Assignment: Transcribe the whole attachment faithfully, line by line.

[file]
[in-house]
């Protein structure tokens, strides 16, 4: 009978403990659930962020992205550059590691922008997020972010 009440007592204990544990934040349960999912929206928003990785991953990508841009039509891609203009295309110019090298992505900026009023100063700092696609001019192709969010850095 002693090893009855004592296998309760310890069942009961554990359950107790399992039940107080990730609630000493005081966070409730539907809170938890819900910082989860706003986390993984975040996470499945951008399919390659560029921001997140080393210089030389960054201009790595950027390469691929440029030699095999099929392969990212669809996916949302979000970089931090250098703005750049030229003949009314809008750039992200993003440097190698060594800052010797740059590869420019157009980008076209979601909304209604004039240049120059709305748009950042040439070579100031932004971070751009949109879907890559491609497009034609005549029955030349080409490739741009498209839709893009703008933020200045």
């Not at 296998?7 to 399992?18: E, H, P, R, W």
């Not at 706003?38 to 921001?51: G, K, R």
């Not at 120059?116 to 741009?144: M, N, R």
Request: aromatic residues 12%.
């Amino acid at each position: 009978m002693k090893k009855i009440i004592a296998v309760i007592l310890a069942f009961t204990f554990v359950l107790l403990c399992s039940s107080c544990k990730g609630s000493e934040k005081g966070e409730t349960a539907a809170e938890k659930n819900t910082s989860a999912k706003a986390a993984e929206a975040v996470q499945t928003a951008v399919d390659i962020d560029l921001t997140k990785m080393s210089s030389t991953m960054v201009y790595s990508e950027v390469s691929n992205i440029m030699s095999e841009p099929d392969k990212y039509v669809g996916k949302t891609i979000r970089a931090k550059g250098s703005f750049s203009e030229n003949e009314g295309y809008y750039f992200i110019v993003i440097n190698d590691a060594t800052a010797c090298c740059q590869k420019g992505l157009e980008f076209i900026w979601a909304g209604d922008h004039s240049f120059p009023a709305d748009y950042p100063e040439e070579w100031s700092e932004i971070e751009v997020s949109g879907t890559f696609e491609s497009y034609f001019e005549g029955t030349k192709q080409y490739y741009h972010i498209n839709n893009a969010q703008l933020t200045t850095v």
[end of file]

[in-house]
């Protein structure tokens, strides 16, 4: 009978403990659930962020992205550059590691922008997020972010 009440007592204990544990934040349960999912929206928003990785991953990508841009039509891609203009295309110019090298992505900026009023100063700092696609001019192709969010850095 002693090893009855004592296998309760310890069942009961554990359950107790399992039940107080990730609630000493005081966070409730539907809170938890819900910082989860706003986390993984975040996470499945951008399919390659560029921001997140080393210089030389960054201009790595950027390469691929440029030699095999099929392969990212669809996916949302979000970089931090250098703005750049030229003949009314809008750039992200993003440097190698060594800052010797740059590869420019157009980008076209979601909304209604004039240049120059709305748009950042040439070579100031932004971070751009949109879907890559491609497009034609005549029955030349080409490739741009498209839709893009703008933020200045």
């Not at 296998?7 to 399992?18: E, H, P, R, W």
């Not at 706003?38 to 921001?51: G, K, R």
């Not at 120059?116 to 741009?144: M, N, R």
Request: aromatic residues 12%.
């Amino acid at each position: 009978m002693k090893k009855i009440i004592a296998v309760i007592l310890a069942f009961t204990f554990v359950l107790l403990c399992s039940s107080c544990k990730g609630s000493e934040k005081g966070e409730t349960a539907a809170e938890k659930n819900t910082s989860a999912k706003a986390a993984e929206a975040v996470q499945t928003a951008v399919d390659i962020d560029l921001t997140k990785m080393s210089s030389t991953m960054v201009y790595s990508e950027v390469s691929n992205i440029m030699s095999e841009p099929d392969k990212y039509v669809g996916k949302t891609i979000r970089a931090k550059g250098s703005f750049s203009e030229n003949e009314g295309y809008y750039f992200i110019v993003i440097n190698d590691a060594t800052a010797c090298c740059q590869k420019g992505l157009e980008f076209i900026w979601a909304g209604d922008h004039s240049f120059p009023a709305d748009y950042p100063e040439e070579w100031s700092e932004i971070e751009v997020s949109g879907t890559f696609e491609s497009y034609f001019e005549g029955t030349k192709q080409y490739y741009h972010i498209n839709n893009a969010q703008l933020t200045t850095v």